Is it difficult, Alex, balancing the running of a label with being in a band ON that label? Obviously you can’t be seen to be favouring your own act over other acts on Holy Roar… why not put the new CPWK out through another label?
Alex: No other labels were interested and I was stupid enough to do it! Seriously though, I really, really wanted to release Oh Wow! before I was in the band, but ADAADAT beat me to it. Luckily the chance arose for me both to join the band and to put out Populuxxe. I think this history to the situation gives me a bit of perspective, hopefully. I honestly feel like I’m both in and get to work with one of my favourite bands. It is a difficult balancing act, and I’m sure I have my cynical detractors out there, but I will never favour CPWK over other acts on the label – each band on the label is like one of my own children. Finally, as a moot point – I think if it’s okay for Aaron Turner (Isis) and Jacob Bannon (Converge) to release their own bands on their labels, then it's okay for me.
What’s forthcoming tour-wise? Are you ale to tour ‘properly’ now, or are gigs squeezed into weekends and holiday time. Just how far can a band like CPWK potentially go – is international touring so far-fetched an idea?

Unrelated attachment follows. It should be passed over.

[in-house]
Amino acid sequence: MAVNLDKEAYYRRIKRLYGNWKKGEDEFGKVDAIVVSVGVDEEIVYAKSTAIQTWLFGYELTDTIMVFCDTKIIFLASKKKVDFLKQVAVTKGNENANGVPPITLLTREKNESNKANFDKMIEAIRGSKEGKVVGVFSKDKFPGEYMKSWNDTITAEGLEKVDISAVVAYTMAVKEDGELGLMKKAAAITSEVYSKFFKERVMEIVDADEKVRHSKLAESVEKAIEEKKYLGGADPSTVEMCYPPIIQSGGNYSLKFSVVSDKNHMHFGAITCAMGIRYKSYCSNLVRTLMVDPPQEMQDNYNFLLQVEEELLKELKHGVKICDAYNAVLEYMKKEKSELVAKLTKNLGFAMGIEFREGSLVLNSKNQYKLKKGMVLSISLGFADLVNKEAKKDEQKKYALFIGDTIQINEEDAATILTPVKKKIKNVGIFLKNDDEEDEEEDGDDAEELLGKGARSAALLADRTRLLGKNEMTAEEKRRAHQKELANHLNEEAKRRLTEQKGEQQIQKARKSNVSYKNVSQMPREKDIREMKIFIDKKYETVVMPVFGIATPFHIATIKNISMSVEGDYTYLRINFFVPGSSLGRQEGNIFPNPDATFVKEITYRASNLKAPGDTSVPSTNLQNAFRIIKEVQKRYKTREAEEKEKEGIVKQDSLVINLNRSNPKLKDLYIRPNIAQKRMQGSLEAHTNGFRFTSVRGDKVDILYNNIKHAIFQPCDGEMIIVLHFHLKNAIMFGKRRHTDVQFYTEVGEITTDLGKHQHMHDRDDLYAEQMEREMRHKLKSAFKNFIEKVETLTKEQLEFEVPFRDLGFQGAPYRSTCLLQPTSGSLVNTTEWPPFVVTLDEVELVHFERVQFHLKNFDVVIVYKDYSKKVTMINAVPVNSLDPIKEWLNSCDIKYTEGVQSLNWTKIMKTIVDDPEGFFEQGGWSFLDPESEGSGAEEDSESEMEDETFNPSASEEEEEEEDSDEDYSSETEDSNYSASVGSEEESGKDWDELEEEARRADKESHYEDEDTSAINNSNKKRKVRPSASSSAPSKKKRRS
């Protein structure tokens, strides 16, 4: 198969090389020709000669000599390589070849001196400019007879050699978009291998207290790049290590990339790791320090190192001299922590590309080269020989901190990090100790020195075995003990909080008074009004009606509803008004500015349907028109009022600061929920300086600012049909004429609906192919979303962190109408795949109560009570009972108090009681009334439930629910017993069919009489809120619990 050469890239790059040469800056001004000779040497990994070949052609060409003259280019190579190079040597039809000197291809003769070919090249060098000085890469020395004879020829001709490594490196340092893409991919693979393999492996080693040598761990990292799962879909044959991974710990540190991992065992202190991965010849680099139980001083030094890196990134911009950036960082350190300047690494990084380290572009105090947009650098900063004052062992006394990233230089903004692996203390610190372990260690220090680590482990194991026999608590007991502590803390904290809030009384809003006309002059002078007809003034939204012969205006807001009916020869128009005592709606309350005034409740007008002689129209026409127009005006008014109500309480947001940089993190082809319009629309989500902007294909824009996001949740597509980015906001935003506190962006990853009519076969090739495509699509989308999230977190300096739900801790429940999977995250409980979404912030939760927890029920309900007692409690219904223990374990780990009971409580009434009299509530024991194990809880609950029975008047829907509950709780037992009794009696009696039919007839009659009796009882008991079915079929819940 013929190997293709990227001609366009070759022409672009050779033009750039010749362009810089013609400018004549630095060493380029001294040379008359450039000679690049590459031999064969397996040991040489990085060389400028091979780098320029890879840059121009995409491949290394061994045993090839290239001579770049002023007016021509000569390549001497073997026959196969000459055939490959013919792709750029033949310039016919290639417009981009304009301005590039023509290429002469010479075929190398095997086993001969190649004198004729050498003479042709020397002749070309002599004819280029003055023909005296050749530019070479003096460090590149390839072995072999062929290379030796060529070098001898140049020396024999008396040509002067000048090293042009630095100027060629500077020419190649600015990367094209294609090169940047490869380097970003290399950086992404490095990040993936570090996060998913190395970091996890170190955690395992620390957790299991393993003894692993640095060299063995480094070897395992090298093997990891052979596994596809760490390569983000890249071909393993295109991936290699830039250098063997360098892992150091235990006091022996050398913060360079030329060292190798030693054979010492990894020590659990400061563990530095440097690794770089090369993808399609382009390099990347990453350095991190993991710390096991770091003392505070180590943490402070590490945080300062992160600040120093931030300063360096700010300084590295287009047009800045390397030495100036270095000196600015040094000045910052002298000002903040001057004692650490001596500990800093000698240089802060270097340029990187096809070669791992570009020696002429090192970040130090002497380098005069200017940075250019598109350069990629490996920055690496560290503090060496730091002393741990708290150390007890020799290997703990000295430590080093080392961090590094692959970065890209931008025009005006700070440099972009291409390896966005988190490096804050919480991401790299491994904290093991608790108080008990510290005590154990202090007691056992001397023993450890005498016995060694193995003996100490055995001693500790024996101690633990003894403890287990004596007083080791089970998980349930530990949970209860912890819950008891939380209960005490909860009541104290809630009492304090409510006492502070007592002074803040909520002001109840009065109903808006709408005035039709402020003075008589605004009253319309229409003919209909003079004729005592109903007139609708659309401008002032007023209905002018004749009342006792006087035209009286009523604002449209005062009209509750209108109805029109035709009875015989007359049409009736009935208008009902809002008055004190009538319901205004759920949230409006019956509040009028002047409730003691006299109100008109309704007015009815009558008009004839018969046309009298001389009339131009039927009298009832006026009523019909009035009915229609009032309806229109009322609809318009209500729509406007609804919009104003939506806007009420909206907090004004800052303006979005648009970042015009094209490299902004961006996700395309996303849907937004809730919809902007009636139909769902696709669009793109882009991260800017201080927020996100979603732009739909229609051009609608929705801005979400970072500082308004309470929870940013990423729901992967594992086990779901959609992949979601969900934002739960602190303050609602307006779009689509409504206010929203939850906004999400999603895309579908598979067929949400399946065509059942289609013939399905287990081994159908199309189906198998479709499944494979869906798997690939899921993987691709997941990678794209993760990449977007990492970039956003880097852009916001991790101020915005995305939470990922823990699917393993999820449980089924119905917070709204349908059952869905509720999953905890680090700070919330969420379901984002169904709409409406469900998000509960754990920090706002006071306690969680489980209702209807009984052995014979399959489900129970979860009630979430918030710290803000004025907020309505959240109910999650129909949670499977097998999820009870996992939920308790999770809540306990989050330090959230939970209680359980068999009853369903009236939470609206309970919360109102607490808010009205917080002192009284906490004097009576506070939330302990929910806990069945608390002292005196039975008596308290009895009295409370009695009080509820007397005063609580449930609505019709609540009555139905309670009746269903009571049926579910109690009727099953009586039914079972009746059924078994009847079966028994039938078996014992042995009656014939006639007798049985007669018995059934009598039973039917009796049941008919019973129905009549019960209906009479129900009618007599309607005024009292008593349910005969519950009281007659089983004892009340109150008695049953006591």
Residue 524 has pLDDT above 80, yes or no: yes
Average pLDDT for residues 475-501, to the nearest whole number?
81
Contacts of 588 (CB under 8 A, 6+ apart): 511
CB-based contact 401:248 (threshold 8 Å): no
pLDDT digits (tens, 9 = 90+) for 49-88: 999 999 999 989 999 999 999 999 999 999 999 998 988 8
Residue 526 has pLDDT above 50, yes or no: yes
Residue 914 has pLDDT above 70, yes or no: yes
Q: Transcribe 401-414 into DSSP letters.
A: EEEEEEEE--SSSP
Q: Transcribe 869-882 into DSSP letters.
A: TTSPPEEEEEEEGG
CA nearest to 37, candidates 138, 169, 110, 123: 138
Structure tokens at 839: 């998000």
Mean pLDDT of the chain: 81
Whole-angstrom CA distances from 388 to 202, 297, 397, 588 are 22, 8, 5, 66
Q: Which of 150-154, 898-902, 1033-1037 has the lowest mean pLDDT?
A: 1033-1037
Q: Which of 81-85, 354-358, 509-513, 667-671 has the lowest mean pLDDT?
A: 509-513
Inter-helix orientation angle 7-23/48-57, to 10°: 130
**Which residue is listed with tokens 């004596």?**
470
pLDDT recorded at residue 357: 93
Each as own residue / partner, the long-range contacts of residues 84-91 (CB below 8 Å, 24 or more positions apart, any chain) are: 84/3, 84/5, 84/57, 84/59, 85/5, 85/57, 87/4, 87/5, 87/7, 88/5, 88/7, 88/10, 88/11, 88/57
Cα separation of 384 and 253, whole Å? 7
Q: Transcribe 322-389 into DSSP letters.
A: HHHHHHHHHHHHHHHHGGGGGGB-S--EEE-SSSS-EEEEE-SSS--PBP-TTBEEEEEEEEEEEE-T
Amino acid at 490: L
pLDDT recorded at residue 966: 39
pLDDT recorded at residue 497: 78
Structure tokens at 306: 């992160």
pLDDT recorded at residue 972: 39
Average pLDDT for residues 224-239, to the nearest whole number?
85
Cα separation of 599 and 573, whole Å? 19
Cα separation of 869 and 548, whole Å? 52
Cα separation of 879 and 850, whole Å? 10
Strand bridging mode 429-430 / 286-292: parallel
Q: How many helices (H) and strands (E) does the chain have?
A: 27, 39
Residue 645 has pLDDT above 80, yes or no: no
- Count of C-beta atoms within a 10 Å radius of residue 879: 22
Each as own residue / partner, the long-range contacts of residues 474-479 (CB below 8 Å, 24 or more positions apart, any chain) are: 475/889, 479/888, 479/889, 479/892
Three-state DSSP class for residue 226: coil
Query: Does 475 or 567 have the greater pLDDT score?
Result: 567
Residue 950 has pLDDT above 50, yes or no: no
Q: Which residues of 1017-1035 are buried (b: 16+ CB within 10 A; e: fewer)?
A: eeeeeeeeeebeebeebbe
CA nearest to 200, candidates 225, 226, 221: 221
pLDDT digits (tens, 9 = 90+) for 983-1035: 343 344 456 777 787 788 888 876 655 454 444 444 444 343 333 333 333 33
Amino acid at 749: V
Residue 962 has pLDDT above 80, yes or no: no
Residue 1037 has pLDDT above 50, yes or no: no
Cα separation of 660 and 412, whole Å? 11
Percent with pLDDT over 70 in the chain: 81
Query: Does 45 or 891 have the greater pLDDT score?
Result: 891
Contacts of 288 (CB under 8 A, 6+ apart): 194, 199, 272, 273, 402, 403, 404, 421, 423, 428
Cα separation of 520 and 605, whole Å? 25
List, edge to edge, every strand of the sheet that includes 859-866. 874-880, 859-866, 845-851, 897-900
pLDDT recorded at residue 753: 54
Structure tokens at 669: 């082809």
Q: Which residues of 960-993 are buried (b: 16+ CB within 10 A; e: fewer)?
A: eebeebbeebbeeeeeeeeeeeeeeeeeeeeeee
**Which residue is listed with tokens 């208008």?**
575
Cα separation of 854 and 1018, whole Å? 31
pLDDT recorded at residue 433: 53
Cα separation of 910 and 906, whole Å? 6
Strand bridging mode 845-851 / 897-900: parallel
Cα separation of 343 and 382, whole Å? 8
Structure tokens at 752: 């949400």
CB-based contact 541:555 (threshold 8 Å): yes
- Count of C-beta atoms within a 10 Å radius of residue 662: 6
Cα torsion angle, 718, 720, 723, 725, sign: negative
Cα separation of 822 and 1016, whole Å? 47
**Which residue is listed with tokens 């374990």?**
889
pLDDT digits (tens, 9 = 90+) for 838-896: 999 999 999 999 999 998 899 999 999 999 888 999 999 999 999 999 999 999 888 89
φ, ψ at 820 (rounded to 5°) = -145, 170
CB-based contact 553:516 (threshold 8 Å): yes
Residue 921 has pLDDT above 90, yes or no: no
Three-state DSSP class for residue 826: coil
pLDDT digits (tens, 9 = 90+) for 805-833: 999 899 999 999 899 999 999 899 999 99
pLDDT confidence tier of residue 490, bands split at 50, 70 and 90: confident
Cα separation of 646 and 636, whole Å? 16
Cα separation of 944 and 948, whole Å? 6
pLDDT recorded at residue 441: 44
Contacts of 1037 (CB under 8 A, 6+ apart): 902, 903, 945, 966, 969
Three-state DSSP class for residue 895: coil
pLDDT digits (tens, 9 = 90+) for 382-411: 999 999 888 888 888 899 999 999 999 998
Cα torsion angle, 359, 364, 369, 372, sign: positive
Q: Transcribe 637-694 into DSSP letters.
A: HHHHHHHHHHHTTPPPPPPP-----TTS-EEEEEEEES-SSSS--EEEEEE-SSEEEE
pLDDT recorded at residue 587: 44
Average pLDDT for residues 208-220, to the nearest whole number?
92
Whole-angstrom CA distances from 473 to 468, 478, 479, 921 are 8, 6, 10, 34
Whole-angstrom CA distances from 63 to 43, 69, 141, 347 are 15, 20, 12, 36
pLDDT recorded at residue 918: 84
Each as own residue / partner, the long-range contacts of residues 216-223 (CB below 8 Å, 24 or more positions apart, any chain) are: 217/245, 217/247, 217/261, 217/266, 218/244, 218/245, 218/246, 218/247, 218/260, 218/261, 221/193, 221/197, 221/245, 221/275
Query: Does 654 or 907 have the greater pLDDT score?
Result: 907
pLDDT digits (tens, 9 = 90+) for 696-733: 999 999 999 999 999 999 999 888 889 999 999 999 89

Alex: We have lots of scattered dates between now and the end of October. We should be doing a full tour in November, too. We would love nothing more than to tour properly all the time, all over the world. I think we are potentially taking small steps right now towards this becoming somewhat more of a reality, but obviously it depends upon a lot of factors – money and paying rent currently being a big one. We really want to see how far this can go.
Are lasers cool? Is the new Transformers movie cool? Are robots with lasers, basically, awesome?
Alex: No. The Transformers movie was a let down. Although the girl in it was hot. Dog-bots are cooler.
Eddy: Lasers are brootal. Transformers are brootal.
Is swearing funny? Does it tickle Tom Robinson’s fancy? When’s the last time someone tried to whack one of you at a show? Do you think you tread a fine line between being FUN and being in-yr-face confrontational?
Alex: Of course swearing is funny, unless you are a miserable cunt. Tom Robinson is the uncle I never had, so he loves it - the dirty old puppy. People pretty much hit us at every gig we do. And yes, we do tread that line unfortunately. We are not trying to be confrontational - we would much rather just have fun all the time - but if people are going to be dicks to us, why should we just sit there and take it? None of us are very good at hiding how we feel! They could just not watch us if they don’t like it!
Eddy: Chris almost got smacked with a pool cue for yelling, "Hey, people playing pool, TOUCH MY DICK!" at some metal heads. I would've smacked him. He's a fucking paedo’ prick. I think the line we tread is that WE'RE having fun, and being in YOUR face.
Populuxxe is released on September 24 and is reviewed here. CPWK play with Lovvers and Meet Me In St Louis at London's Barden's Boudoir on September 27 (details), and further forthcoming live dates can be seen at their MySpace page, here.